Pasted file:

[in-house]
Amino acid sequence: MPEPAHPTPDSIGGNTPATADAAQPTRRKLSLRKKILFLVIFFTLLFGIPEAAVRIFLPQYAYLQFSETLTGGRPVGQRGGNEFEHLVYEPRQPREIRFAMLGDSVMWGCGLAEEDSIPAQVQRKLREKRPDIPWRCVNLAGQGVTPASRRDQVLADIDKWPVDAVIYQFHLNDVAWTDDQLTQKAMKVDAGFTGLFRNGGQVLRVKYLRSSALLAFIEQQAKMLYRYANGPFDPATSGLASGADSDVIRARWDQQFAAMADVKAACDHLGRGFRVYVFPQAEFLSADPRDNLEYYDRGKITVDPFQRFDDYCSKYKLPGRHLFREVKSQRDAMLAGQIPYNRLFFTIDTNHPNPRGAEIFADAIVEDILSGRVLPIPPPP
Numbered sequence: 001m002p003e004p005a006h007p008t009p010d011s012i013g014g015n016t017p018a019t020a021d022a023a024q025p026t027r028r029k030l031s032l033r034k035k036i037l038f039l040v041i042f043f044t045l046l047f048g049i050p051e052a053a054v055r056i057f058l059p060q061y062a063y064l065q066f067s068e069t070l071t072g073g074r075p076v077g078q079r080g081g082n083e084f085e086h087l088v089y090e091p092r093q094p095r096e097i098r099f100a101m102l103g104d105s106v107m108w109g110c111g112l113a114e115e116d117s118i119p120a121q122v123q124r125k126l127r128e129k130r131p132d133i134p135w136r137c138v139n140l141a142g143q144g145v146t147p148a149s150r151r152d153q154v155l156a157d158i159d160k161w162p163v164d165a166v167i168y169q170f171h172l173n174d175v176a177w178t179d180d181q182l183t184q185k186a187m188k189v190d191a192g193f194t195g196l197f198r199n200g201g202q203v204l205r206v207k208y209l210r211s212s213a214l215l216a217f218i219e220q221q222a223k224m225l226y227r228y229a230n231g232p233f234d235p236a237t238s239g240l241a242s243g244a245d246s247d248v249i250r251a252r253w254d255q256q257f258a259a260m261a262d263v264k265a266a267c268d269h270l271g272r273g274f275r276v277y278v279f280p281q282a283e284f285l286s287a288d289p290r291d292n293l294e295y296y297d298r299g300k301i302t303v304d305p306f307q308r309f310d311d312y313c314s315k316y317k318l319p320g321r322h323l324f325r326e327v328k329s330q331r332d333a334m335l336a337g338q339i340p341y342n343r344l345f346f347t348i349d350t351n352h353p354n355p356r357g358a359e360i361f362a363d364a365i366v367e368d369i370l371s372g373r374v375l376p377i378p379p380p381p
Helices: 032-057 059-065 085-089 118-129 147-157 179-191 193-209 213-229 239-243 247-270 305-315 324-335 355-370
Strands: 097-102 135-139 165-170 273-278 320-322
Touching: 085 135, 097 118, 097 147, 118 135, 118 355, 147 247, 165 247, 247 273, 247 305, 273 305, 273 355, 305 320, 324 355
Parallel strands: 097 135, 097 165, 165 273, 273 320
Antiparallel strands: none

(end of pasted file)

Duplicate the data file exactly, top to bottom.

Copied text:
[in-house]
Amino acid sequence: MPEPAHPTPDSIGGNTPATADAAQPTRRKLSLRKKILFLVIFFTLLFGIPEAAVRIFLPQYAYLQFSETLTGGRPVGQRGGNEFEHLVYEPRQPREIRFAMLGDSVMWGCGLAEEDSIPAQVQRKLREKRPDIPWRCVNLAGQGVTPASRRDQVLADIDKWPVDAVIYQFHLNDVAWTDDQLTQKAMKVDAGFTGLFRNGGQVLRVKYLRSSALLAFIEQQAKMLYRYANGPFDPATSGLASGADSDVIRARWDQQFAAMADVKAACDHLGRGFRVYVFPQAEFLSADPRDNLEYYDRGKITVDPFQRFDDYCSKYKLPGRHLFREVKSQRDAMLAGQIPYNRLFFTIDTNHPNPRGAEIFADAIVEDILSGRVLPIPPPP
Numbered sequence: 001m002p003e004p005a006h007p008t009p010d011s012i013g014g015n016t017p018a019t020a021d022a023a024q025p026t027r028r029k030l031s032l033r034k035k036i037l038f039l040v041i042f043f044t045l046l047f048g049i050p051e052a053a054v055r056i057f058l059p060q061y062a063y064l065q066f067s068e069t070l071t072g073g074r075p076v077g078q079r080g081g082n083e084f085e086h087l088v089y090e091p092r093q094p095r096e097i098r099f100a101m102l103g104d105s106v107m108w109g110c111g112l113a114e115e116d117s118i119p120a121q122v123q124r125k126l127r128e129k130r131p132d133i134p135w136r137c138v139n140l141a142g143q144g145v146t147p148a149s150r151r152d153q154v155l156a157d158i159d160k161w162p163v164d165a166v167i168y169q170f171h172l173n174d175v176a177w178t179d180d181q182l183t184q185k186a187m188k189v190d191a192g193f194t195g196l197f198r199n200g201g202q203v204l205r206v207k208y209l210r211s212s213a214l215l216a217f218i219e220q221q222a223k224m225l226y227r228y229a230n231g232p233f234d235p236a237t238s239g240l241a242s243g244a245d246s247d248v249i250r251a252r253w254d255q256q257f258a259a260m261a262d263v264k265a266a267c268d269h270l271g272r273g274f275r276v277y278v279f280p281q282a283e284f285l286s287a288d289p290r291d292n293l294e295y296y297d298r299g300k301i302t303v304d305p306f307q308r309f310d311d312y313c314s315k316y317k318l319p320g321r322h323l324f325r326e327v328k329s330q331r332d333a334m335l336a337g338q339i340p341y342n343r344l345f346f347t348i349d350t351n352h353p354n355p356r357g358a359e360i361f362a363d364a365i366v367e368d369i370l371s372g373r374v375l376p377i378p379p380p381p
Helices: 032-057 059-065 085-089 118-129 147-157 179-191 193-209 213-229 239-243 247-270 305-315 324-335 355-370
Strands: 097-102 135-139 165-170 273-278 320-322
Touching: 085 135, 097 118, 097 147, 118 135, 118 355, 147 247, 165 247, 247 273, 247 305, 273 305, 273 355, 305 320, 324 355
Parallel strands: 097 135, 097 165, 165 273, 273 320
Antiparallel strands: none